Team HyperCells consists out of four Polish medical, biological and engineering students from three Universities of Wroclaw. The main goal of this experiment is to evaluate the cells’ response mechanisms after exposition to hypergravity and to test the hypothesis claiming that the cells cultured in hypergravity will exhibit increased susceptibility to chemotherapeutics.
The effect of altered gravity on cancer cells and their susceptibility to chemotherapeutics
|University||Wroclaw Medical University, University of Wrocław, Wroclaw University of Science and Technology|
PhD, Eng. Julita Kulbacka (Wroclaw Medical University)
Prof. Dariusz Rakus (University of Wroclaw)
PhD Piotr Kowalewski (Wroclaw University of Science and Technology)
|Team||Dawid Przystupski, Agata Górska, Piotr Wawryka and Leszek Kogut|
Numerous studies have reported that gravity alteration has remarkable influence on growth and biological processes of tumorous cells. Therefore, gravity-related experiments have become a promising method to improve our knowledge in the field of cancer biology and may be useful to detect interesting implications for future cancer treatment. Most studies have tended to focus on the impact of altered gravity on the susceptibility to cytostatic drugs; however, issues linked to hypergravity have not been dealt with in depth. Based on this concept, four Polish students specialized in medicine (Dawid Przystupski and Krzysztof Kotowski), genetics (Agata Górska) and technology (Leszek Kogut) united in the HyperCells project will investigate how the variations of gravity affect malignant cancer cells.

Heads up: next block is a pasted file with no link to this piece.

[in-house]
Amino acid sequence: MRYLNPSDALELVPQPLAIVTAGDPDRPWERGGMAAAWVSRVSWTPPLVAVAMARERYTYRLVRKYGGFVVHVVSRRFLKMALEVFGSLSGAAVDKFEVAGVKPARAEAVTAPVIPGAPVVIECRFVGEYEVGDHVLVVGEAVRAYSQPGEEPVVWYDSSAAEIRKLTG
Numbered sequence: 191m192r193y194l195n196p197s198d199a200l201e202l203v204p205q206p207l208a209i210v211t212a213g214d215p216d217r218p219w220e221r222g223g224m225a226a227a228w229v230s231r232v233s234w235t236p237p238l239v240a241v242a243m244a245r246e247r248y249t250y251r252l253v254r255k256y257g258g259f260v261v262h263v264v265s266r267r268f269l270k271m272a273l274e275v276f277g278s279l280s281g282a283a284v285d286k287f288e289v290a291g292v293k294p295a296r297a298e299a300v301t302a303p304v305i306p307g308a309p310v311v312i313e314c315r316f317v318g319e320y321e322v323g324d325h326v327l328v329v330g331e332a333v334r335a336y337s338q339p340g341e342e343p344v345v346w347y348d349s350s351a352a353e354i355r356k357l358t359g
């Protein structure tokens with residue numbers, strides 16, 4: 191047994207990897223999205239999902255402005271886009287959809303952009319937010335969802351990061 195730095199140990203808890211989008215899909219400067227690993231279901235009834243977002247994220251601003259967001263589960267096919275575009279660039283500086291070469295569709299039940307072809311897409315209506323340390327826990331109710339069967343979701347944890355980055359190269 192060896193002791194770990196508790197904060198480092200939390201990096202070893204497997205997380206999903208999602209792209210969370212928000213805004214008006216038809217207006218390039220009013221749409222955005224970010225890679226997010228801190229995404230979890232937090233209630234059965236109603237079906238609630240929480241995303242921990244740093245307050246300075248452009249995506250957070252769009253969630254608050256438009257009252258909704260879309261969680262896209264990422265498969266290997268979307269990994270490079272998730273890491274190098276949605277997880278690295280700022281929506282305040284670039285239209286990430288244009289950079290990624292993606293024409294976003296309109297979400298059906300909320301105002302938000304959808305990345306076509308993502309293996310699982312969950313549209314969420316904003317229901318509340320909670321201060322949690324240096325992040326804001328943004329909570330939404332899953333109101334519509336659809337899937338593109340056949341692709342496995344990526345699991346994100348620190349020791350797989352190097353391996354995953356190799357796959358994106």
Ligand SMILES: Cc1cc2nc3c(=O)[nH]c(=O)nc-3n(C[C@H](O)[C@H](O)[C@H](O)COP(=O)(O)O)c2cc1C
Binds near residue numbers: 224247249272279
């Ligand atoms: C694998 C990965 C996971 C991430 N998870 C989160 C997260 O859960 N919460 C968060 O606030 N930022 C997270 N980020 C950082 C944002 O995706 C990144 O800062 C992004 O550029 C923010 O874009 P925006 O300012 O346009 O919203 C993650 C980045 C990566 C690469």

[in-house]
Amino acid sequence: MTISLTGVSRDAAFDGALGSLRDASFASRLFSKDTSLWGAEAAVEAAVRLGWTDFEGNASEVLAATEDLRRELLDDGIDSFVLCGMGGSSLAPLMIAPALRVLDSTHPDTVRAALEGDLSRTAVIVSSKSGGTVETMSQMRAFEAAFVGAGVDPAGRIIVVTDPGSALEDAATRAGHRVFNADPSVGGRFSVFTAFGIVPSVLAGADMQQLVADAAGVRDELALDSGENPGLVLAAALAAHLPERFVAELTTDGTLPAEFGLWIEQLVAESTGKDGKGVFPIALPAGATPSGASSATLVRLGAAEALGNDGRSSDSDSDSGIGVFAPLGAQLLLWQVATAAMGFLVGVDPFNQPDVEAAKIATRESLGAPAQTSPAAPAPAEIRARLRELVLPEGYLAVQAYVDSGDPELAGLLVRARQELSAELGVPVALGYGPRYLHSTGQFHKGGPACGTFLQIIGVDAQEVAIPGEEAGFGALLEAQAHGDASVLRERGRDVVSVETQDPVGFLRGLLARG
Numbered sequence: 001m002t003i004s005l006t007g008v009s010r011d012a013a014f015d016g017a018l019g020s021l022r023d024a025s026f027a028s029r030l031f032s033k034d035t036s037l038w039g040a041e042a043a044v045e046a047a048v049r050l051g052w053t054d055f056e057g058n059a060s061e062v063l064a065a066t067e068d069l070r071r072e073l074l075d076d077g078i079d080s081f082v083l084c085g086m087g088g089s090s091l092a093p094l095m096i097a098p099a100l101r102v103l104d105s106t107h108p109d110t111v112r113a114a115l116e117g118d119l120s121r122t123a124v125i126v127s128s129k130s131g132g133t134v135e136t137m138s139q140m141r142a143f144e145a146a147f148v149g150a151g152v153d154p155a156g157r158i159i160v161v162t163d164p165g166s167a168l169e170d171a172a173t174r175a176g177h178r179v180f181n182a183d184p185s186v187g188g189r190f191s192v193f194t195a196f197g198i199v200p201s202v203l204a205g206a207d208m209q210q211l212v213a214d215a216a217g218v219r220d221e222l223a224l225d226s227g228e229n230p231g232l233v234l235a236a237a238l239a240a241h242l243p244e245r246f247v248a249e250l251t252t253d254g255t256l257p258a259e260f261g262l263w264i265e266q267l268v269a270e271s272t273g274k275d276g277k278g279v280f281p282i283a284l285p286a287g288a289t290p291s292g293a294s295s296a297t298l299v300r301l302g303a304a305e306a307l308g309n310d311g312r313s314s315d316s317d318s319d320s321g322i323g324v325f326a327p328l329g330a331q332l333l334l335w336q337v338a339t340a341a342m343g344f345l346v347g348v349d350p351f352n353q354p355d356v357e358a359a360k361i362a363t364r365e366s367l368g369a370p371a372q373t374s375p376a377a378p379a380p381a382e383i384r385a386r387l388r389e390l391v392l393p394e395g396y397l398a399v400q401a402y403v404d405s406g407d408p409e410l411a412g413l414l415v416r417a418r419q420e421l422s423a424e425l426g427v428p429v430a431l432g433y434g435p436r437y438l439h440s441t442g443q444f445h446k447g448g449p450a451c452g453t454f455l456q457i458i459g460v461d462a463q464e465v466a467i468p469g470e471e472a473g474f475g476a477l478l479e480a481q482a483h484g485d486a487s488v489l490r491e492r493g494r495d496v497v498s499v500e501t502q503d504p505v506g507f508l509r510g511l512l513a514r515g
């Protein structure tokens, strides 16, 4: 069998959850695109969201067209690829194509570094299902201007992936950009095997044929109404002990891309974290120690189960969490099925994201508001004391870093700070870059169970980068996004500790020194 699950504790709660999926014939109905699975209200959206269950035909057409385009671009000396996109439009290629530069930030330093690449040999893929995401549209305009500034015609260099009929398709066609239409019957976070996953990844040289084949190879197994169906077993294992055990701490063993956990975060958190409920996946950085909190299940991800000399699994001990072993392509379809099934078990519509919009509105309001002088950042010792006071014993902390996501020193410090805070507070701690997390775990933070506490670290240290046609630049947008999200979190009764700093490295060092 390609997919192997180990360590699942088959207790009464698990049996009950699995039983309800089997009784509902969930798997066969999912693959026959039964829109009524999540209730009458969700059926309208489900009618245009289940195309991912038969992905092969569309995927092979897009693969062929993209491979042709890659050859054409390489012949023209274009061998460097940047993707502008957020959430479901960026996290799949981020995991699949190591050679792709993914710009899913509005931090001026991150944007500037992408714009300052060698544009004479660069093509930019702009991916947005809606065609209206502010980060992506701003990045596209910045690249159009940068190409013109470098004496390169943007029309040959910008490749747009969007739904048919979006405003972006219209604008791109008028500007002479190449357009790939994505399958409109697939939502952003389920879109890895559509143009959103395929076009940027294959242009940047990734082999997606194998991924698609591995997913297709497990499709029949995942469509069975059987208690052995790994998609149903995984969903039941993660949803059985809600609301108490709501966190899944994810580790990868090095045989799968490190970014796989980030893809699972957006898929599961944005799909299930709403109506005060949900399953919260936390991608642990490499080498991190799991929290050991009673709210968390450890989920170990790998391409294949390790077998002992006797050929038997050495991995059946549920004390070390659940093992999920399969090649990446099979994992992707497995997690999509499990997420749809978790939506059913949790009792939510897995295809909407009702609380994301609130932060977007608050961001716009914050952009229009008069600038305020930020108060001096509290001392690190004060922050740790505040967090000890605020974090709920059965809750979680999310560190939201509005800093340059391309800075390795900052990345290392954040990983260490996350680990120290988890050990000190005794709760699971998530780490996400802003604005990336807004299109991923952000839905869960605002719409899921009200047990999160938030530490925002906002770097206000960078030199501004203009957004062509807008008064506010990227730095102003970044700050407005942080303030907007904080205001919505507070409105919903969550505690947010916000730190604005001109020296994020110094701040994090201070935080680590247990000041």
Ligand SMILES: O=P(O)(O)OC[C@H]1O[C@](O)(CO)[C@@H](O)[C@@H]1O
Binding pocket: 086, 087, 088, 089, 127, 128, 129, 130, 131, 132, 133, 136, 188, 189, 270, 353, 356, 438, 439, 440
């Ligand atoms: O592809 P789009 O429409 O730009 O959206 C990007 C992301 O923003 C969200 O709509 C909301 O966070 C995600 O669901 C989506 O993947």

Taking this concept further, we are going to perform an independent experiment using a Random Positioning Machine (RPM) to analyse the effect of simulated microgravity in controlled laboratory conditions. Thus, by carrying out advanced molecular tests we will be able to find out if the exposure to altered gravity provokes higher sensitivity of malignant cells to chemotherapeutic drugs. The investigation and clarification of these phenomena may constitute an initial step towards enhancing our understanding of the relationship between cellular resistance to chemotherapy and the response to various gravitational stimuli. This approach will allow to establish whether microgravity or hypergravity environment affects cancer cells in a stronger manner. Moreover, our research will provide new insights into possible implementation of novel gravity-related therapies in medicine. After obtaining satisfactory results showing the correlation between altered gravity and multidrug resistance, we will develop further investigations into this area involving primary cell cultures collected from the patients suffering from drug-resistant cancer to verify therapeutic application of this approach.